Behavioral finance in oil and gas – Oil & Gas Financial Journal

WHY DO EXPLORATION and production companies make more acquisitions, buy back more stock, and invest more in growing and developing their reserves when the commodity price is high and these uses of capital are at their most expensive levels? Why do they lever up at the top of the cycle when there seems to be more downside than upside? These actions seem at odds with the rational concept of “buy low and sell high.” Can behavioral finance explain these seemingly irrational behaviors?For over half a century, business school students have been trained in the efficient market hypothesis which asserts that investors cannot “beat the market” because the stock market is so efficient that share prices reflect essentially all available information at all times. In their economics classes, these students have been taught how investors always make rational decisions that are in their best self-interest. Given the volatility in the oil and gas industry, many undoubtedly wonder how efficient the market is and how rational investors are. How do we explain the apparent market inefficiency and irrational behaviors?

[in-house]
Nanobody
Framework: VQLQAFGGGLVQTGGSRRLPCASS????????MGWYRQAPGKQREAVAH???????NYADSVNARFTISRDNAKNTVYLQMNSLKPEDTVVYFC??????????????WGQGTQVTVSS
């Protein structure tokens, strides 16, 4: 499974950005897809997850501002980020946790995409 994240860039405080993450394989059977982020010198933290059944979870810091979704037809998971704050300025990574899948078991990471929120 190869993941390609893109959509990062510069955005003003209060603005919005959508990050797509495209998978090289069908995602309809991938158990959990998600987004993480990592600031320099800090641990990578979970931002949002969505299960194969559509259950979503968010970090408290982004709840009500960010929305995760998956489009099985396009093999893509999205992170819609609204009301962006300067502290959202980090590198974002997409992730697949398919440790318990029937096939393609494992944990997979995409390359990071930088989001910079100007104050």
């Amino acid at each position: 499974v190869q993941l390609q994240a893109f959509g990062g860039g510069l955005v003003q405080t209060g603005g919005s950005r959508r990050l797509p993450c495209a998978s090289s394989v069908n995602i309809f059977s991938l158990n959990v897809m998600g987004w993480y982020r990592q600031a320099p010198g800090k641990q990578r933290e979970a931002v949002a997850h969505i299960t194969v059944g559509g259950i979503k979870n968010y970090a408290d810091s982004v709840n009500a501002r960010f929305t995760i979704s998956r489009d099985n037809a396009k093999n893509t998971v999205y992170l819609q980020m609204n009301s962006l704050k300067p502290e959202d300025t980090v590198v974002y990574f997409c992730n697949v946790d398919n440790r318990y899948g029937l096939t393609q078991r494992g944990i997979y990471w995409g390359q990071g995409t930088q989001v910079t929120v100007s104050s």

Source: Behavioral finance in oil and gas – Oil & Gas Financial Journal

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